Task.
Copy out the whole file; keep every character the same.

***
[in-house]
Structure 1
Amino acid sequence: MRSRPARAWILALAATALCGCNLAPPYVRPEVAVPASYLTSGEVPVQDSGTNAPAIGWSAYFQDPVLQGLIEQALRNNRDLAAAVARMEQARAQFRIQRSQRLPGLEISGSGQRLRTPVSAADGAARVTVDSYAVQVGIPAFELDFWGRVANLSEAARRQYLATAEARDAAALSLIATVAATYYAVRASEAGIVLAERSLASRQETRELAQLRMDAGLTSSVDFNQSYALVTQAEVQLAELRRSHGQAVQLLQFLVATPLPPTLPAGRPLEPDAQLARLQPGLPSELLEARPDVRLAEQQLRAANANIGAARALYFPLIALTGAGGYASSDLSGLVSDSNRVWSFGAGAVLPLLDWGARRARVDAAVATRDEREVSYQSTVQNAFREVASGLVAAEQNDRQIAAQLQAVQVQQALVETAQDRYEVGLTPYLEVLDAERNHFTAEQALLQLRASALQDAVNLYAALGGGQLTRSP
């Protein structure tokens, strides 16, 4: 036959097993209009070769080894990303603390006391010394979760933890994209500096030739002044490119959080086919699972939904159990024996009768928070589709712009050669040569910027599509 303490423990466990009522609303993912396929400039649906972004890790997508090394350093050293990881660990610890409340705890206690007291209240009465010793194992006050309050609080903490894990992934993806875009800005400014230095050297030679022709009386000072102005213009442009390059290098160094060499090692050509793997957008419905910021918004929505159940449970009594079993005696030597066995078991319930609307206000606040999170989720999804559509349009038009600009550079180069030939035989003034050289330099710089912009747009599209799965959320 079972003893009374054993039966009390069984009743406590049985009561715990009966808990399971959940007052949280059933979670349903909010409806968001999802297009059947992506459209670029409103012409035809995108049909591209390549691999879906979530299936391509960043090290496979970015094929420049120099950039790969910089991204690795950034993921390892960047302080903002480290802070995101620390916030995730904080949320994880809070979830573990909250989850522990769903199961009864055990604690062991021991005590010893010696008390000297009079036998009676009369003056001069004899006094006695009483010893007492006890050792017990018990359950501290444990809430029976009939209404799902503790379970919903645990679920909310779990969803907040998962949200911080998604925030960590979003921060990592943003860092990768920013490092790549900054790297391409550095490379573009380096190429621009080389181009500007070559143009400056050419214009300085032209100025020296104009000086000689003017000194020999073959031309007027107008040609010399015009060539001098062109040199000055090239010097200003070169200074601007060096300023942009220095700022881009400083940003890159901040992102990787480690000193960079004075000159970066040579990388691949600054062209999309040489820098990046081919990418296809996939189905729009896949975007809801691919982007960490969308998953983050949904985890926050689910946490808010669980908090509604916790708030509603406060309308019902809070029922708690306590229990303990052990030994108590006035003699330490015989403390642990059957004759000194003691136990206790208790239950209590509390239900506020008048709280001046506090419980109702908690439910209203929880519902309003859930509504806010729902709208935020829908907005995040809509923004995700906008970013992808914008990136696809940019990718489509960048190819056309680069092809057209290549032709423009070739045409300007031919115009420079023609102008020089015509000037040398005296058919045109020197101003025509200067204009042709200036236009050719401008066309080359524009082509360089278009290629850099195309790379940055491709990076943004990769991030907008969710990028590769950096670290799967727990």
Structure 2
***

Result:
[in-house]
Structure 1
Amino acid sequence: MRSRPARAWILALAATALCGCNLAPPYVRPEVAVPASYLTSGEVPVQDSGTNAPAIGWSAYFQDPVLQGLIEQALRNNRDLAAAVARMEQARAQFRIQRSQRLPGLEISGSGQRLRTPVSAADGAARVTVDSYAVQVGIPAFELDFWGRVANLSEAARRQYLATAEARDAAALSLIATVAATYYAVRASEAGIVLAERSLASRQETRELAQLRMDAGLTSSVDFNQSYALVTQAEVQLAELRRSHGQAVQLLQFLVATPLPPTLPAGRPLEPDAQLARLQPGLPSELLEARPDVRLAEQQLRAANANIGAARALYFPLIALTGAGGYASSDLSGLVSDSNRVWSFGAGAVLPLLDWGARRARVDAAVATRDEREVSYQSTVQNAFREVASGLVAAEQNDRQIAAQLQAVQVQQALVETAQDRYEVGLTPYLEVLDAERNHFTAEQALLQLRASALQDAVNLYAALGGGQLTRSP
């Protein structure tokens, strides 16, 4: 036959097993209009070769080894990303603390006391010394979760933890994209500096030739002044490119959080086919699972939904159990024996009768928070589709712009050669040569910027599509 303490423990466990009522609303993912396929400039649906972004890790997508090394350093050293990881660990610890409340705890206690007291209240009465010793194992006050309050609080903490894990992934993806875009800005400014230095050297030679022709009386000072102005213009442009390059290098160094060499090692050509793997957008419905910021918004929505159940449970009594079993005696030597066995078991319930609307206000606040999170989720999804559509349009038009600009550079180069030939035989003034050289330099710089912009747009599209799965959320 079972003893009374054993039966009390069984009743406590049985009561715990009966808990399971959940007052949280059933979670349903909010409806968001999802297009059947992506459209670029409103012409035809995108049909591209390549691999879906979530299936391509960043090290496979970015094929420049120099950039790969910089991204690795950034993921390892960047302080903002480290802070995101620390916030995730904080949320994880809070979830573990909250989850522990769903199961009864055990604690062991021991005590010893010696008390000297009079036998009676009369003056001069004899006094006695009483010893007492006890050792017990018990359950501290444990809430029976009939209404799902503790379970919903645990679920909310779990969803907040998962949200911080998604925030960590979003921060990592943003860092990768920013490092790549900054790297391409550095490379573009380096190429621009080389181009500007070559143009400056050419214009300085032209100025020296104009000086000689003017000194020999073959031309007027107008040609010399015009060539001098062109040199000055090239010097200003070169200074601007060096300023942009220095700022881009400083940003890159901040992102990787480690000193960079004075000159970066040579990388691949600054062209999309040489820098990046081919990418296809996939189905729009896949975007809801691919982007960490969308998953983050949904985890926050689910946490808010669980908090509604916790708030509603406060309308019902809070029922708690306590229990303990052990030994108590006035003699330490015989403390642990059957004759000194003691136990206790208790239950209590509390239900506020008048709280001046506090419980109702908690439910209203929880519902309003859930509504806010729902709208935020829908907005995040809509923004995700906008970013992808914008990136696809940019990718489509960048190819056309680069092809057209290549032709423009070739045409300007031919115009420079023609102008020089015509000037040398005296058919045109020197101003025509200067204009042709200036236009050719401008066309080359524009082509360089278009290629850099195309790379940055491709990076943004990769991030907008969710990028590769950096670290799967727990």
Structure 2